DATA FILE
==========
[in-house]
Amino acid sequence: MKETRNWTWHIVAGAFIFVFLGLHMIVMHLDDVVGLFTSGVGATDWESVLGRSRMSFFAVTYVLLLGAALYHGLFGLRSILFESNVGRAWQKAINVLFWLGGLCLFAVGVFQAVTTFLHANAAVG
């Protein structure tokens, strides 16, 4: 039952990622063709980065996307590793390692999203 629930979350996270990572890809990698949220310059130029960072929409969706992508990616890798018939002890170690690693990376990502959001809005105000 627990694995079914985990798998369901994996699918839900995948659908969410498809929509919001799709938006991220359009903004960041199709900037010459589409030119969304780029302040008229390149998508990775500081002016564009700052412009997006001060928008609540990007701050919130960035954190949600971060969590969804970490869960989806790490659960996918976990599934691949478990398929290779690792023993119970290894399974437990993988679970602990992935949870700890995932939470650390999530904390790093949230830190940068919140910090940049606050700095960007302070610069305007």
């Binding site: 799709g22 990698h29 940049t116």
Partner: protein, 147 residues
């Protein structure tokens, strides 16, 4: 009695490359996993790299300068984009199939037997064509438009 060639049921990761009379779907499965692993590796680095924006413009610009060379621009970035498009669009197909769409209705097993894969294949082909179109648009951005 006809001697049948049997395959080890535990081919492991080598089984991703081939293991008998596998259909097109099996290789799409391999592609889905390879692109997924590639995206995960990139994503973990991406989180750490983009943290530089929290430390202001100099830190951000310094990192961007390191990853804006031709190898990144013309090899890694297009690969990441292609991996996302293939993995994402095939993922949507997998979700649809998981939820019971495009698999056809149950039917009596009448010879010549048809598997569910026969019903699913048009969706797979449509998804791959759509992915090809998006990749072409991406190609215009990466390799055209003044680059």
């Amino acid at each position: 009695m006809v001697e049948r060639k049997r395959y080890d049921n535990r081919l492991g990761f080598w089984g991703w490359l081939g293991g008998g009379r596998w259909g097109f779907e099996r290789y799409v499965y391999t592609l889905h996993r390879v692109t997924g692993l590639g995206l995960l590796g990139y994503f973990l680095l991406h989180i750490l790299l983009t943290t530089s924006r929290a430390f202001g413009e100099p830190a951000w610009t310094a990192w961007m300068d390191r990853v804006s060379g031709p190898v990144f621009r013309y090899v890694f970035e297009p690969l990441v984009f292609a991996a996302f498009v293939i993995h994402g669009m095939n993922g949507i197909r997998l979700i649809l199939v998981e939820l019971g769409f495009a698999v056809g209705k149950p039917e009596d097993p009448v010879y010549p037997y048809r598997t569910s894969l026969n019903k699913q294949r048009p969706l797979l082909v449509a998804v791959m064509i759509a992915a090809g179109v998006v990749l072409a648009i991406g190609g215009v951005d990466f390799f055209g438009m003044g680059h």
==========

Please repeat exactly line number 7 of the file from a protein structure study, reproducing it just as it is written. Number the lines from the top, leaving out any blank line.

């Amino acid at each position: 009695m006809v001697e049948r060639k049997r395959y080890d049921n535990r081919l492991g990761f080598w089984g991703w490359l081939g293991g008998g009379r596998w259909g097109f779907e099996r290789y799409v499965y391999t592609l889905h996993r390879v692109t997924g692993l590639g995206l995960l590796g990139y994503f973990l680095l991406h989180i750490l790299l983009t943290t530089s924006r929290a430390f202001g413009e100099p830190a951000w610009t310094a990192w961007m300068d390191r990853v804006s060379g031709p190898v990144f621009r013309y090899v890694f970035e297009p690969l990441v984009f292609a991996a996302f498009v293939i993995h994402g669009m095939n993922g949507i197909r997998l979700i649809l199939v998981e939820l019971g769409f495009a698999v056809g209705k149950p039917e009596d097993p009448v010879y010549p037997y048809r598997t569910s894969l026969n019903k699913q294949r048009p969706l797979l082909v449509a998804v791959m064509i759509a992915a090809g179109v998006v990749l072409a648009i991406g190609g215009v951005d990466f390799f055209g438009m003044g680059h």